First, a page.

Since the night of the first presidential debate, the Internet has been abuzz with rumors that the president was spoon-fed answers during the debate via a wireless transmitter.
Fueled by photos of a conspicuous and unnatural-looking bulge between his shoulder blades, the foreign press has been going gaga over the idea, while the American press has made it page eight news.
I think both the left and the right agree Bush is definitely not the brains behind the operation at 1600 Pennsylvania Ave. in Washington, D.C. But if the president’s advisers did, in fact, attempt to help him through the debate by whispering in his ear, they sure didn’t help him much.
On Oct. 1 the online magazine www.salon.com first published the idea that Bush might have received help during the first debate. Since then, the speculation has spawned a Web site devoted to the supposed conspiracy, www.isbushwired.com, and the photo of Bush’s dorsal bulge has made it around the world and back. Again.
The finger-pointers do have a few semi-reasonable pieces of evidence to support their case. First and foremost is the photo of Bush’s back during the debate that clearly shows a rectangular object protruding through his suit between his shoulder blades.
The White House has dismissed it as a wrinkle; numerous tailors sought out by press outlets such as the New York Daily News and The Guardian, disagree with that assessment.
Making this abnormality under Bush’s suit more suspicious is that cameras were supposed to be prohibited from filming the debate from behind the debate participants. Additionally, neither man was equipped with a microphone other than the one on his podium, ruling out the possibility the device was a microphone pack.
Leftist conspiracy nuts, however, need to give credit where credit is due: If Bush cheated his way through the debates, the near-limitless resources of the White House should certainly allow him access to a radio receiver smaller than a backpack.
Other frequently cited evidence centers around Bush’s behavior during the debate. At one point the president blurted out, “Let me finish!” even though nobody had interrupted him and he had plenty of time left to speak. It is also noted by many that, during his more eloquent remarks, he seemed to pause at unusual points as if he didn’t know what to say next.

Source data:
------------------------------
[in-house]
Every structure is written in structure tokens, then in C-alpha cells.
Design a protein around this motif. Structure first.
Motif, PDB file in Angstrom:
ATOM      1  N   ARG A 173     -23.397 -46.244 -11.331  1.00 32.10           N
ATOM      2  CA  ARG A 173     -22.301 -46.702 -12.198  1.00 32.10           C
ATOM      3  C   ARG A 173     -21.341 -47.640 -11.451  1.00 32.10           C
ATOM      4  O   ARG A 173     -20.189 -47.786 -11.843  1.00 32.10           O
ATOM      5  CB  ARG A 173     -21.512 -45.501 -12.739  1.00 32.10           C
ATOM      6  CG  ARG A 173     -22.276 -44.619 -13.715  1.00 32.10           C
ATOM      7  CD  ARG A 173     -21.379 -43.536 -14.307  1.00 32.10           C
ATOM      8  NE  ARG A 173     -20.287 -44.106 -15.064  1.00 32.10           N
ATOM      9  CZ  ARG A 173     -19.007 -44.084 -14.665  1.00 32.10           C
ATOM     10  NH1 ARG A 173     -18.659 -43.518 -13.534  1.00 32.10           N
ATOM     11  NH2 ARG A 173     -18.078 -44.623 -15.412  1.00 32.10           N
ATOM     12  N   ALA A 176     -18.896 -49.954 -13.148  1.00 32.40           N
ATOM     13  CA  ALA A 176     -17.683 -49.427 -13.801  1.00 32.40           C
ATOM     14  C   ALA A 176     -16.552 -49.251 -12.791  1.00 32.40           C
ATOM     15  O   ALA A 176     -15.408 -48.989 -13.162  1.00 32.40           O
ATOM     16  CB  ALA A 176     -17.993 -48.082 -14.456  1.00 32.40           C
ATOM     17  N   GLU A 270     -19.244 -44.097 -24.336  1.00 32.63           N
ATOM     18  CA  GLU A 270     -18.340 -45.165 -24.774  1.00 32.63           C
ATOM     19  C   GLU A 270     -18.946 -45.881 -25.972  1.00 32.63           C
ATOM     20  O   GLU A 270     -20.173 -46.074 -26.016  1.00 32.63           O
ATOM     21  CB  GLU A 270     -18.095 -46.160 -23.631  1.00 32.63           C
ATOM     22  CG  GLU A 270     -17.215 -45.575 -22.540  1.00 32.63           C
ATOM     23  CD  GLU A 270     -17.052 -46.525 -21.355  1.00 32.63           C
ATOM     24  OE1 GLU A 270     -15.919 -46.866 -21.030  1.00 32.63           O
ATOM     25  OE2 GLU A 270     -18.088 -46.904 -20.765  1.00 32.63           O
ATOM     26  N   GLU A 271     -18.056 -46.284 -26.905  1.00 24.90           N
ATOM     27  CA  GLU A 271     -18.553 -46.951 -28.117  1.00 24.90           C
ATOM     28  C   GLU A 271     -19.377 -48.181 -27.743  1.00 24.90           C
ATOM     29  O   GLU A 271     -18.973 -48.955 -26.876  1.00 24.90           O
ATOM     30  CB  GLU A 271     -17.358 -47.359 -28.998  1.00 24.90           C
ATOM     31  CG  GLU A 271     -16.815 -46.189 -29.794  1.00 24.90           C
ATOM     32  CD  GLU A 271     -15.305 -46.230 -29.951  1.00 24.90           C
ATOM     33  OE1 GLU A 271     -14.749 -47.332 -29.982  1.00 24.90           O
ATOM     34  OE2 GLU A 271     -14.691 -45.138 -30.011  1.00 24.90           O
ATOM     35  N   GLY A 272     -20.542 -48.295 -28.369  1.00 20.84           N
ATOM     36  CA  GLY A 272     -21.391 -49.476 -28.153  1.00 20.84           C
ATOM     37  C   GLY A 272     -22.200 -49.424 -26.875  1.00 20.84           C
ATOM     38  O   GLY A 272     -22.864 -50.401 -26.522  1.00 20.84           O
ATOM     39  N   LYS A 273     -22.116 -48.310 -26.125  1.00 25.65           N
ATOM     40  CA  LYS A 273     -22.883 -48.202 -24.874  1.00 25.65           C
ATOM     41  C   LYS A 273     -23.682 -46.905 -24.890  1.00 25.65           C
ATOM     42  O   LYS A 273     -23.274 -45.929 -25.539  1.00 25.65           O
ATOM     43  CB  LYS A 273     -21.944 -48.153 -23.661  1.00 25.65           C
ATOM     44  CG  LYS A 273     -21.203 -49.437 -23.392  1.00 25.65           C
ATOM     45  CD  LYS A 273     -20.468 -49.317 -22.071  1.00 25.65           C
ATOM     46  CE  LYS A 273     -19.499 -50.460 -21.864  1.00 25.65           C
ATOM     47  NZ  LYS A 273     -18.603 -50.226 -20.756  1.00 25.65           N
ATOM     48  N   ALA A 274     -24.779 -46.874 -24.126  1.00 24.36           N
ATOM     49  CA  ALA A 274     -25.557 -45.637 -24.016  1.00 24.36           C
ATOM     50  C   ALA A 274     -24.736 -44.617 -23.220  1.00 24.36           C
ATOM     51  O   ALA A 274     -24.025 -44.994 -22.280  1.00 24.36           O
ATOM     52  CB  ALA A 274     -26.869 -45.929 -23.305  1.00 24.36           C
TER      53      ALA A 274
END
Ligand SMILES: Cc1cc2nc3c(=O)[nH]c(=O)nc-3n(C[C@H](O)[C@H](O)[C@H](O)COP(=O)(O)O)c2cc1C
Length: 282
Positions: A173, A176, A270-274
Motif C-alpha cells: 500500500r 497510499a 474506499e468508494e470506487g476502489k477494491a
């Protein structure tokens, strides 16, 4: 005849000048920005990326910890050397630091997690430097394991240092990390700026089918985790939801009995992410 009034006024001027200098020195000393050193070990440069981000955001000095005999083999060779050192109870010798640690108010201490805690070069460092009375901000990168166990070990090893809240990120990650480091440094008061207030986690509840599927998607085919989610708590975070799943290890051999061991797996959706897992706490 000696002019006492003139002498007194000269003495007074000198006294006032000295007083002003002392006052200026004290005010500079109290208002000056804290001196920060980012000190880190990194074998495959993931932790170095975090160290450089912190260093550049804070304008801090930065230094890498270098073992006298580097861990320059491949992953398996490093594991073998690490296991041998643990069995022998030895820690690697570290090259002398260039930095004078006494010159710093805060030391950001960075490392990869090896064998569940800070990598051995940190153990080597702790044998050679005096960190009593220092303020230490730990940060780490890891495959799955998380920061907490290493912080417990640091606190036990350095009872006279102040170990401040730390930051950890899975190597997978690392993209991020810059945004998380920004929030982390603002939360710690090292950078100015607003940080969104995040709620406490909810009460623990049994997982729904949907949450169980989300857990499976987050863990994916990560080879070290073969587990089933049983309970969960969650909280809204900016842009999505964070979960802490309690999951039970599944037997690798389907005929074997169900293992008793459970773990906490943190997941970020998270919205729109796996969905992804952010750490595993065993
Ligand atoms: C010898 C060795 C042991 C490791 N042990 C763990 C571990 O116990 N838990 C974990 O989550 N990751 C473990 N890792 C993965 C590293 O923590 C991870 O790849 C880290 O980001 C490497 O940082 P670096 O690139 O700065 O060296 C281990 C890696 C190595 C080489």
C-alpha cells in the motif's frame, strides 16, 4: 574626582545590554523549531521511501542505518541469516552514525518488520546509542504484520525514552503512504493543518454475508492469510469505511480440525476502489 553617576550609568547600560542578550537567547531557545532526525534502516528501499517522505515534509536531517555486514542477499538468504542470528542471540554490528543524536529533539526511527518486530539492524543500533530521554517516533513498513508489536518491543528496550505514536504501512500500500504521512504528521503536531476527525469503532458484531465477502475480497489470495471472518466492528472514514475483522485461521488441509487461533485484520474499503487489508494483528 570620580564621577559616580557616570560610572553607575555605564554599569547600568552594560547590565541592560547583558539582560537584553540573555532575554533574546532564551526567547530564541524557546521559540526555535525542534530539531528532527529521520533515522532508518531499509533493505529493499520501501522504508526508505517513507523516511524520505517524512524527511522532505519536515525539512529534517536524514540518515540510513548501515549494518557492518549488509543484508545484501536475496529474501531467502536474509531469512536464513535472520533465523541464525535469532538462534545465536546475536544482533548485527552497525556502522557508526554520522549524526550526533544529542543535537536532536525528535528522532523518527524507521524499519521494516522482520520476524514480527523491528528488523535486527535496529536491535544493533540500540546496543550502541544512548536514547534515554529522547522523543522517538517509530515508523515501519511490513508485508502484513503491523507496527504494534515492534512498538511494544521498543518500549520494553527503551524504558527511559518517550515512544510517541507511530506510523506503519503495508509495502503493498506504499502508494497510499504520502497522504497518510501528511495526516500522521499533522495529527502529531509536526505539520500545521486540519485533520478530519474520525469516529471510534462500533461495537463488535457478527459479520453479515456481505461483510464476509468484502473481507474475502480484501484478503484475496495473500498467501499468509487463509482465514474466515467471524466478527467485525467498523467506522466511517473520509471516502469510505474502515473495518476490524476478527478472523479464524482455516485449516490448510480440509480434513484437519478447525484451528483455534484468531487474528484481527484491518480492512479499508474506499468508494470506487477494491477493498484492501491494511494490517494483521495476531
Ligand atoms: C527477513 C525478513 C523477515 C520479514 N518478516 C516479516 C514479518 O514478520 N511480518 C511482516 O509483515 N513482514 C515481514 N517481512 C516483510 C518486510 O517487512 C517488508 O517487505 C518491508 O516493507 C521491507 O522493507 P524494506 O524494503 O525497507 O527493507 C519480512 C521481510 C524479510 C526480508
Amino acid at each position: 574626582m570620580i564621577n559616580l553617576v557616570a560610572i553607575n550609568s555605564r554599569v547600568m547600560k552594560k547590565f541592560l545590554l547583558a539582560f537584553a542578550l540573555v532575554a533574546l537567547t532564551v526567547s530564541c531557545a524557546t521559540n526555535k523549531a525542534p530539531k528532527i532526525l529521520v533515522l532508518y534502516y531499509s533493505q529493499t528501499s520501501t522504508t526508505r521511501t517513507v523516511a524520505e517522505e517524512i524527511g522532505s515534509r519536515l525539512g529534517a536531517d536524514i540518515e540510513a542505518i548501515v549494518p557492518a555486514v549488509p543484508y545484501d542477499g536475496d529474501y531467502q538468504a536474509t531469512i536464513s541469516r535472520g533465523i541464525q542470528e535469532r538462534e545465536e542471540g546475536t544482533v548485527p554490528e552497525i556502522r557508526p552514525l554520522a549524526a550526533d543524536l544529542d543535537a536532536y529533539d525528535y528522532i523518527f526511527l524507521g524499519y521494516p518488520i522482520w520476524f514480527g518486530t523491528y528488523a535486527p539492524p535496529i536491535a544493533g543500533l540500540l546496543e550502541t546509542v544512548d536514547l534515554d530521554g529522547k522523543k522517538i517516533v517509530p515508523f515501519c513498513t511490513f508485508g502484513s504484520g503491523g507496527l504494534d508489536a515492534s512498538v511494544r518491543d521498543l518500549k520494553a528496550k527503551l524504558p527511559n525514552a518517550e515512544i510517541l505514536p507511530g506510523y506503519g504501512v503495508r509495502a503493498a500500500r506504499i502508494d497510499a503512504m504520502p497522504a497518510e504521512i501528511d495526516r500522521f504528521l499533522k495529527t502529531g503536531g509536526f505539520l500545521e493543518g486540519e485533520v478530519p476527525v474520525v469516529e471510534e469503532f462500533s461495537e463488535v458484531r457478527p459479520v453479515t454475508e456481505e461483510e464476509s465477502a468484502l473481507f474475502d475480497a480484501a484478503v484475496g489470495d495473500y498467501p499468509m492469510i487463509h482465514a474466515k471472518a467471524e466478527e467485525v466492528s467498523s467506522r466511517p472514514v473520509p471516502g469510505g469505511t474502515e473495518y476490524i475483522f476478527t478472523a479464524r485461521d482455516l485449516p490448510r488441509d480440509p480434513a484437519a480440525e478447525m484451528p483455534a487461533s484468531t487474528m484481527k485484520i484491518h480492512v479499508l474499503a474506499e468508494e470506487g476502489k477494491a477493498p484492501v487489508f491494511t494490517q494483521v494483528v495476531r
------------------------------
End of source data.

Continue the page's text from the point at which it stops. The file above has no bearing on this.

The photo and the White House’s failure to explain it, I must agree, are fishy. The president’s verbal funkiness, however, means nothing to me. Bush might be the most grammatically inept Yale graduate ever; if he, at times, appeared to be waiting for a word to appear out of thin air, he probably was doing just that.
My favorite pieces in this conspiracy puzzle are supplied by the Democrats, who are obviously shaken and upset by the idea of Bush cheating in the debates.
When asked by The Washington Post to comment about the possibility of Bush receiving help during the first debate, Democratic National Committee Chairman Terry McAuliffe said, “If he had an earpiece and those were his answers, they ought to fire every person in the back room.”
Even better was Sen. John Edwards’ comment Tuesday on “The Tonight Show.” When asked by Jay Leno what he thought the bulge in Bush’s back might be, Edwards gave what might be the best explanation I’ve heard yet.
Joe Marshall is a senior history major. His columns run on Thursdays.